A popular COPE is the Family Limited Partnership (FLP), a Limited Partnership where family members hold most or all of the ownership interest in a Limited Partnership, as it is an important vehicle for Asset Protection and Estate Planning. The FLP can be formed so that a husband and wife are each General Partners that handle the day-to-day operations of the family business or perhaps by a husband and an older son. Furthermore, the FLP has limited partners that invest, perhaps only nominally, in the FLP. Typically, the husband, wife and children are the limited partners as well.
After forming the FLP, all family assets can be transferred into it, including investments and business interests. After the transfers, rather than such assets being owned individually by the husband and wife, etc., the husband and wife will own a controlling interest in a business entity that owns the assets. The family members that are General Partners will have complete management and control over the affairs of the partnership and can buy or sell any assets they wish on behalf of the FLP. Furthermore, as General Partners the family members can decide either to distribute the proceeds from the sale of the assets or to have the FLP keep such proceeds.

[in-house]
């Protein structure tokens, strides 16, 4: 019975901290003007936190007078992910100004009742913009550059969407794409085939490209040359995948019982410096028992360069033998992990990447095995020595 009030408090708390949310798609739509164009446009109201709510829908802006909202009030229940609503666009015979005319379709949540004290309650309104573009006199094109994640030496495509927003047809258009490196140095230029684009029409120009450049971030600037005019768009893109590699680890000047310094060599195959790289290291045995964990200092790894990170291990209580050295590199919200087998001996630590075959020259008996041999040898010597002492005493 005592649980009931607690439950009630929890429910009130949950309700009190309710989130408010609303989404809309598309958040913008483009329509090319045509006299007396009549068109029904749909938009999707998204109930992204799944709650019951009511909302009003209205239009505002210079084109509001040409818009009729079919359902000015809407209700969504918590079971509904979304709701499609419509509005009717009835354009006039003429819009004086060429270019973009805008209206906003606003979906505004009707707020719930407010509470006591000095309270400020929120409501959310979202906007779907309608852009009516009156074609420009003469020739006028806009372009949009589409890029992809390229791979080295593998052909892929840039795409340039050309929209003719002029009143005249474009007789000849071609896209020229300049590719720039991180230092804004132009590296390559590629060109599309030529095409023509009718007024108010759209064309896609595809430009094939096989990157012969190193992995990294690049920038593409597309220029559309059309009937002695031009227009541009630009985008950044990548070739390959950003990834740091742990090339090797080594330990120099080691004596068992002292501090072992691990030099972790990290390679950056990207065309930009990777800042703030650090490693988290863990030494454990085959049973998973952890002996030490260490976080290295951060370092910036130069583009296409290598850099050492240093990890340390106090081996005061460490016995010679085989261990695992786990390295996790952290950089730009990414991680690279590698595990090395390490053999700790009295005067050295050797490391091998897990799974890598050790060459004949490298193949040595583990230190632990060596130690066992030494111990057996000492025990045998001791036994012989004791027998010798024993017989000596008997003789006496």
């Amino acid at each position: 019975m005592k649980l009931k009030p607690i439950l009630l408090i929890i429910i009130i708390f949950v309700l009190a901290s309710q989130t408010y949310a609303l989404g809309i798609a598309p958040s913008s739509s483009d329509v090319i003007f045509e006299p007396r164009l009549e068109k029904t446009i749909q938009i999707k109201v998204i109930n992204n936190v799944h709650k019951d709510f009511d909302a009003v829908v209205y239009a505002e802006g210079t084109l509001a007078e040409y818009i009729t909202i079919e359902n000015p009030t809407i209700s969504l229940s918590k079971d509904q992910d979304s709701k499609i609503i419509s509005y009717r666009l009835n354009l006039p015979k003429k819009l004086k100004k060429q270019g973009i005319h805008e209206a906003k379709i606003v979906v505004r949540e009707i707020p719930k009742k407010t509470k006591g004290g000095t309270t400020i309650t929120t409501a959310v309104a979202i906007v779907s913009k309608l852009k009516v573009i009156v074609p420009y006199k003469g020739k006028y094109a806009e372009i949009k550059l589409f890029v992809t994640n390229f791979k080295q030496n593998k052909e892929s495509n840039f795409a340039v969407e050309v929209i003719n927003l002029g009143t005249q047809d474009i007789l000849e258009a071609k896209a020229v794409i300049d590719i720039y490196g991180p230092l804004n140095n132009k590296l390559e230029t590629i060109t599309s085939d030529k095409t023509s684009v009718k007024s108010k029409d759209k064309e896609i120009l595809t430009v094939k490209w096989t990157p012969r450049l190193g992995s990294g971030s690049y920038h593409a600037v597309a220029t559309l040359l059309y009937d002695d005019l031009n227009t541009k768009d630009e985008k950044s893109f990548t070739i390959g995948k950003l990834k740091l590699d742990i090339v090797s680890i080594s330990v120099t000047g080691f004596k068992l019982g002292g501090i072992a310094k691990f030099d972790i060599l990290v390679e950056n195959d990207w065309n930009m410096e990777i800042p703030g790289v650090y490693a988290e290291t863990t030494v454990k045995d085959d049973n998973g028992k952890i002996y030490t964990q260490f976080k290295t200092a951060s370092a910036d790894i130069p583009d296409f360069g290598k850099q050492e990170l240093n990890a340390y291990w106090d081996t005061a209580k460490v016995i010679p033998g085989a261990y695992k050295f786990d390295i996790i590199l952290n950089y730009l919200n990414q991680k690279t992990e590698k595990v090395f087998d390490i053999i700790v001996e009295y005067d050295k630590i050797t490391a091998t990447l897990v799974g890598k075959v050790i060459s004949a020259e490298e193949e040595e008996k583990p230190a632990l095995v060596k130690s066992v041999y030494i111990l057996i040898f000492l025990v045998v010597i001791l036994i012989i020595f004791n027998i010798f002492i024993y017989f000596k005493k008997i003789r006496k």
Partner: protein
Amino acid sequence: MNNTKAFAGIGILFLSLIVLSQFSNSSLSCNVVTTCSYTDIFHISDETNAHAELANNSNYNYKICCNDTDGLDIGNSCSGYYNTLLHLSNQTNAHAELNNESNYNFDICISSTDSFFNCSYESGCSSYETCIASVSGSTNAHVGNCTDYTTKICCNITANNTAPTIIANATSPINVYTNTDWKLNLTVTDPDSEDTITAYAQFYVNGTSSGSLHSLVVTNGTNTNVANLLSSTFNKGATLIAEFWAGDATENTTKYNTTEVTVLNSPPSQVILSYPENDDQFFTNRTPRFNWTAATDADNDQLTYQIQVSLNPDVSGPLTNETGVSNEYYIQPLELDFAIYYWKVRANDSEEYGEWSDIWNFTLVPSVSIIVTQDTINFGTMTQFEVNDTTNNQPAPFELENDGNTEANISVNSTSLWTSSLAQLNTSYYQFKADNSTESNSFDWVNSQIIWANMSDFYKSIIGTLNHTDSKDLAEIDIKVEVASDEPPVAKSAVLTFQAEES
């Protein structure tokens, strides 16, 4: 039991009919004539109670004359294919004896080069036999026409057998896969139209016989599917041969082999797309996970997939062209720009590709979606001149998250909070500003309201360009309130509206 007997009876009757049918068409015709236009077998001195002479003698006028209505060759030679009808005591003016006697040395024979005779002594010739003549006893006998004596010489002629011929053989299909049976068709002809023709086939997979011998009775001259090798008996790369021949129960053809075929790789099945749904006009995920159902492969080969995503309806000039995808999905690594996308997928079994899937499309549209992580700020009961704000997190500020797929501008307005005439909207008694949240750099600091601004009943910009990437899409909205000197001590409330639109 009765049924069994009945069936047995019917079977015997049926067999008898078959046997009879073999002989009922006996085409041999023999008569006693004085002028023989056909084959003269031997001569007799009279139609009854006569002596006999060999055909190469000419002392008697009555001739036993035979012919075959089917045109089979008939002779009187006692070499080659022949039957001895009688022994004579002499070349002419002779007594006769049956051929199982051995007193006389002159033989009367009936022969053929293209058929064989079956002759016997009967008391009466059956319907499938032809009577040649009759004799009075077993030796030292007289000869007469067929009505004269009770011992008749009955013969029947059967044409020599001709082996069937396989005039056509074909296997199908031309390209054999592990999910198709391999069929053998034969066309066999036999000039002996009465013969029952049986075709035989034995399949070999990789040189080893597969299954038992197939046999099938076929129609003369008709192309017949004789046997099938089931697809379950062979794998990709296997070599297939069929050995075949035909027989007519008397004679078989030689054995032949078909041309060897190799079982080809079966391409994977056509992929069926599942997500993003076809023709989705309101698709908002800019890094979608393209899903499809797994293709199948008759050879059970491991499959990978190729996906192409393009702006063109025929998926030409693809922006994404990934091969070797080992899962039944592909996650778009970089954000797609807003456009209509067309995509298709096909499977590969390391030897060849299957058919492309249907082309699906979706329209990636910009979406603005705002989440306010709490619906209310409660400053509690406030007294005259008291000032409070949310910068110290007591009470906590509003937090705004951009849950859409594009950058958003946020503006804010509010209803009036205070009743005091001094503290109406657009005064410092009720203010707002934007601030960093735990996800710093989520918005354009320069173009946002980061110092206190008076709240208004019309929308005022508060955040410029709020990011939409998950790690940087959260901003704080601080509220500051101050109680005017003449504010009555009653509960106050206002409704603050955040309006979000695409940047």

An important feature of the FLP is Asset Protection. If an individual is sued and the plaintiff gets a judgment against the defendant, the plaintiff/judgment creditor can seize everything owned by the defendant/debtor.